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the cave in spain. how do you gear up for it and how do you manage yourself, to get through such a high space at such an incredible speed? >> when i'm carving down a crack, i hit a foam pole with my left wing, that's in another video. we wanted to take that further and see if we could build a sign that was only two meters by one meter. when i open my wings i'm about my height, i'm about 185, six feet. i have about four, five inches of error margin between either supporting pole on the 2013 flight. now two target flights, the two 2013 flights and the cave were three excessive jumps done all in the same day. so meaning i did my first 2013 flight i didn't hit that center i wasn't happy with it, i went back up, i was able to do a second jump where i nailed it, i
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hit the target straight on, the cave is at least four, five times bigger than that sign. and kind of like just knowing that i can, believing in myself. i think this is something that has been given ome by my father that has always allowed me to live such an adventurous life believing in myself believing that can i do it. because when i can hit that sign there's no reason i can't fly through the cave. the only thing that's preventing me is kind of my mind and my fear. >> any minor errors of change if wind. yari, alexander mentioned this earlier, what do these guys do and what do these guys do when you sell them your suits to prepare the wind tunnel? how does it work? >> if you don't mind it would be proper to go back in time and talk about the wing suit in general.
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100 years ago, 80 years ago when they came up with the first wing suit, it was very, very dangerous, the first commercial wing suit we did back in 1999 and ever since we introduced the first commercial wing suit in the training for that, let us remember that the wing suit is only for the very experienced sky divers, people who have 200 jumps already or more. the wing suit diving has been extremely safe just as safe as the normal sky diving itself, then when we go to the base diving that's when we have the more risk. sky divers have lots of training and courses before they can handle themselves in the free fall and then for the wing suit itself we have lots of different training programs and the sport in general is really safe. so it would be fair that it's not so dangerous as you make it sound all the time. >> although i -- looking at some of the things that alexander and others have done it's certainly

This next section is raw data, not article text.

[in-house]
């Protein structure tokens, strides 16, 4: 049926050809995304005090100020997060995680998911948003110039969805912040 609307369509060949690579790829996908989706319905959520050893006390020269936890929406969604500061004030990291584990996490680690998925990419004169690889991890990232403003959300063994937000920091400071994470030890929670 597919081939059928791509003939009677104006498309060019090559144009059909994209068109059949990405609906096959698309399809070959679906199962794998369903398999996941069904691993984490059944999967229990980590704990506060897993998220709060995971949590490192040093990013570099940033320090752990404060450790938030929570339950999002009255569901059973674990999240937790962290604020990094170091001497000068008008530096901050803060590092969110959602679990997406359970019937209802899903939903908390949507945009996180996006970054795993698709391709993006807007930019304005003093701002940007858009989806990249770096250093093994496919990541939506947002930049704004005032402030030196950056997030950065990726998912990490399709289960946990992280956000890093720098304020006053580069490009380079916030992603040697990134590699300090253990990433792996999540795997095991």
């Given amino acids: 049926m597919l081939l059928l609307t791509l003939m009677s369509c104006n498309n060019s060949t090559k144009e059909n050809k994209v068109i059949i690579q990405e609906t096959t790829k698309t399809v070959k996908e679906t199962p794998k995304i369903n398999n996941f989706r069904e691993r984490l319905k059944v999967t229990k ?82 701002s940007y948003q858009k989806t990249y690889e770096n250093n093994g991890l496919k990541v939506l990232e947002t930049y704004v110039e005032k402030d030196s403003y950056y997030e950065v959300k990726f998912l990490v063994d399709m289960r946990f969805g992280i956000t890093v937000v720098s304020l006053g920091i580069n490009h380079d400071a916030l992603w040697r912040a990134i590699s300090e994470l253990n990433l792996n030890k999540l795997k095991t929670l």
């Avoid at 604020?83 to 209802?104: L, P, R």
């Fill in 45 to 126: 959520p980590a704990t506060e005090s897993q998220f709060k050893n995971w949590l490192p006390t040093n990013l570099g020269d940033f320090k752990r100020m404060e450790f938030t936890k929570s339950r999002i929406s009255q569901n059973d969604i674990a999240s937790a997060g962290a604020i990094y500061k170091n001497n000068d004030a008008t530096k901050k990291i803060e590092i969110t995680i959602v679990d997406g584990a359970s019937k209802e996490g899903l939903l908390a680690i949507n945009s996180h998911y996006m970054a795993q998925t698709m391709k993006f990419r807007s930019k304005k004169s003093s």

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dangerous. what you're saying is people need to do a lot of sky dives with pair chutes, comfortable in the air before they try anything like this. but you could have some more recreational use the wing suits, jumping out of a plane before opening a parachute right yari? >> that's correct, 13,500 feet and we can fly miles and miles or three or four minutes even before opening the parachute. that can be really, really safe and we actually have some rules and regulations that we have governed that we actually have our pair chutes open at 650 meters. and that actually gives us enough time to even open the reserve parachute which obviously the guys doing base jump don't have. >> and alexander when you are at those lower attitudes and you are flying at more than 100 miles an hour, how do you stop?
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is it just the only thing you can do is, get to a certain altitude and then you open a parachute? >> that's also one of the basic guidelines right? or one of those many guidelines that you have when you fly. you always as a basic rule disconnect early from the mountain, don't try to be greedy and fly those extra four seconds close to the ground. be a little on the conservative side. >> it is breathtaking what some of you do out there. it does seem completely insane when you look at the numbers of how many people have died. and the people who were very good at it. the highest percentage the most dangerous job in america is logging and it has less than 1% fatality rate. >> if i can add an interesting point here, i was at the
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international mountain summit, and talked to mountain climbers that accomplished some amazing things. there are scary number that out of every 100 people that try to summit everest, about 8 don't come down, 8% that's ohigh number. i know that's something that's only mown everest i think. >> you were very carlos to that. i think very frightening. guys we have to leave it there. thank you for such an interesting conversation and i wish you both the best and to please stay safe. >> my pleasure. >> the story may be over but the conversation continues. you can find us at twitter @aj consider this. we'll see you next time. .
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good evening everyone. welcome to al jazeera america. i'm john siegenthaler in new york. angry allies - germany's leader is the latest to demand answers of the white house about nsa spying allegations. health care - lawmakers want to talk to people that built the website and find out why it doesn't work. >> it's an emergency. >> we're at school teachers have been shot >> teachers at risk - from a teacher shooting in nevada, to a stabbing in massachusetts - what will it take to keep teachers safe at school?